|For the Sp series:|
|Gene (MGI)||All Alleles (MGI)|
Five mutations, all of which occurred at the Jackson Laboratory, have been noted for this locus on the first chromosome ( Snell et al., 1954; Parsons, 1958). Four of these are presumed to be mutations to splotch ( Sp) and the other to a second allele, delayed splotch ( Spd) ( W. Russell, 1947; Dickie, 1964b). Both alleles are semidominant and lethal when homozygous.
|For the Sp allele:|
|Sp Allele (MGI)||Gene (MGI)||All Alleles (MGI)|
The first mutation to Sp occurred in the C57BL strain and was described by W. Russell ( 1947). Heterozygotes ( Sp/+) display white spotting on the belly and occasionally on the back, feet, and tail. 24 Sp/Sp embryos usually die at 13 days of gestation ( Auerbach, 1954) 25 with multiple abnormalities. 26 These have been described in detail by Auerbach ( 1954) and the following is based on his account (see also Hsu and van Dyke, 1948).
Sp/Sp embryos can first be recognized at 9 - 9.5 days of gestation by the fact that in contrast to the virtually completely closed neural folds of normal embryos, their neural folds are open in the region of the hind limbs and there is an aggregation of neural tissue on either side of the dorsal midline. This development of open neural folds and of neural overgrowth (which is known as rachischisis) is variable but usually is confined to a discrete area of the lumbosacral region. The degree of neural outgrowth in the region of the rachischisis may be relatively slight or quite excessive. Indeed, by the twelfth day of gestation the "overgrowth of neural tissue may manifest itself by large flaps of tissue projecting laterally from the embryo."
In addition to this abnormality, just over half of Sp/Sp embryos 10 days or older display open neural folds of the head region (cranioschisis). The condition is limited to the region of the hind brain (the myelencephalon and rhombencephalon) and is invariably associated with outgrowth of neural tissue. The lumen of the brain of homozygous Sp embryos is also highly distorted throughout, being partially collapsed or obliterated by the irregular and excessive growth of neural tissue."
Although the neural tube abnormalities are most pronounced in the lumbosacral and cranial regions they are not confined to these areas as the neural tube displays some degree of malformation throughout its length. While its pathway is straight in normal embryos, in splotch homozygotes it "weaves more or less erratically and is collapsed at irregular intervals throughout the embryo."
Splotch homozygotes also are characterized by abnormalities of the dorsal root ganglia and, in some cases, the sympathetic ganglia. Tail abnormalities also occur. These may be recognized in 10-day-old embryos and include a wide variety of morphological distortions.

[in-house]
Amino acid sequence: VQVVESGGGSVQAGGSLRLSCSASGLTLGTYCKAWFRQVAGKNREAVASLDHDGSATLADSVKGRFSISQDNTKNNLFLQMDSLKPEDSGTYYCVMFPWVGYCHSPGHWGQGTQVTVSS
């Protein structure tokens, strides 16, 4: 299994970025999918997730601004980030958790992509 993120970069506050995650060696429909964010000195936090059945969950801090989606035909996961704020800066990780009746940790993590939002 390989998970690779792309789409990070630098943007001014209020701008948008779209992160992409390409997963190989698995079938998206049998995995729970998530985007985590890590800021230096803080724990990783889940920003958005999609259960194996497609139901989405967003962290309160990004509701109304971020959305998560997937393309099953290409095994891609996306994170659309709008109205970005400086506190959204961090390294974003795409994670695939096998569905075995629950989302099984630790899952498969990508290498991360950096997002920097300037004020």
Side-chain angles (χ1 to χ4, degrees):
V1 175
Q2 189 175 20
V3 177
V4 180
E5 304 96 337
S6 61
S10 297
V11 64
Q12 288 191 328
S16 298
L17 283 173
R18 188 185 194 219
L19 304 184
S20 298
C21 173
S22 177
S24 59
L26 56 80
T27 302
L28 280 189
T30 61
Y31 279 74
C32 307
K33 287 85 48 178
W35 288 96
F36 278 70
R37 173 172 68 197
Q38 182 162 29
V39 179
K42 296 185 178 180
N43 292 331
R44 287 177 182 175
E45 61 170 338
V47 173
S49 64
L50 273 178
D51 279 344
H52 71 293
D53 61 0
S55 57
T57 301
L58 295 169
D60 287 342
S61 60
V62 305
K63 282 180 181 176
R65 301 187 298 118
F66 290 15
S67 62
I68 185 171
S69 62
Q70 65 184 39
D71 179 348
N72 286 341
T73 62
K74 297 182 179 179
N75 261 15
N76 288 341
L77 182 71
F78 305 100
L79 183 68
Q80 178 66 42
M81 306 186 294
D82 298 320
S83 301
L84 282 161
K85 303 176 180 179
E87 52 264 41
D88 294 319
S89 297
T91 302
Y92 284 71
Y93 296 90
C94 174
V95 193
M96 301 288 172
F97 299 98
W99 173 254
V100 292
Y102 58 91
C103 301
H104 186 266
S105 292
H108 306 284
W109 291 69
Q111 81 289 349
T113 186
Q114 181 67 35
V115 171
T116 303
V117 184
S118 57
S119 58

In view of the fact that the presence of one Sp gene produces white spotting, it was of interest to determine how this mutation would affect pigmentation when homozygous. This was achieved by transplanting tissue from 9.5- to 12.5-day old Sp/Sp embryos to either the coelom of chick embryos or to the anterior chamber of adult albino mouse eyes. The tissue implanted from 11.5-day-old or older embryos was comprised of ectoderm and underlying mesoderm, whereas neural crest and somite material were also included in grafts from younger embryos. Similar implants from +/+ and Sp/+ embryos served as controls ( Auerbach, 1954).
Auerbach found that these grafts, which were allowed to develop in their new environments for 16 days, developed pigment only when derived from normal ( Sp/+ or +/+) embryos. Thus no trace of pigment was found in either the implant or the surrounding tissue when it originated from an Sp/Sp embryo, even though in many cases numerous (unpigmented) hairs were present. These findings indicate that splotch when homozygous results in a complete failure to produce functioning melanocytes. In this regard the effect of Sp parallels the effect of dominant spotting ( W); one dose of either of these genes is associated with white spotting, whereas two doses eliminates all pigment save that of the retina which is normal. This of course is not surprising since, as noted previously ( Chapter 1, note 5), the pigmented cells of the retina are not of neural crest origin.
It thus appears that the splotch syndrome is due to a disturbance of the region of the embryo which includes the neural crest and the dorsal part of the neural tube, and that as a result of this disturbance Sp homozygotes do not produce any viable melanoblast clones.
|For the Spd allele:|
|Spd Allele (MGI)||Gene (MGI)||All Alleles (MGI)|
Three other apparent mutations to splotch have been reported by Dickie ( 1964b). Two of these ( SpJ and Sp3J) occurred in C57BL/6 males and the other ( Sp2J) in a C3H/HeJ female. 27
Dickie reported two other semidominant mutations which were lethal when homozygous and one of these proved to be another splotch locus allele. 28 This allele also occurred in C57BL/6J and is called "delayed splotch" ( Spd) because homozygotes are not as severely malformed and their death is delayed in comparison with Sp homozygotes. Spd/+ mice have a large belly spot. Spd/Spd homozygotes survive until birth and although they consistently suffer from caudal rachischisis in no case has any gross anomaly in the anterior portions of the fetus been observed. Sp/Spd heterozygotes are lethal and similar in appearance to Spd homozygotes. Linkage studies have provided further evidence that Sp and Spd are alleles ( Dickie, 1964b).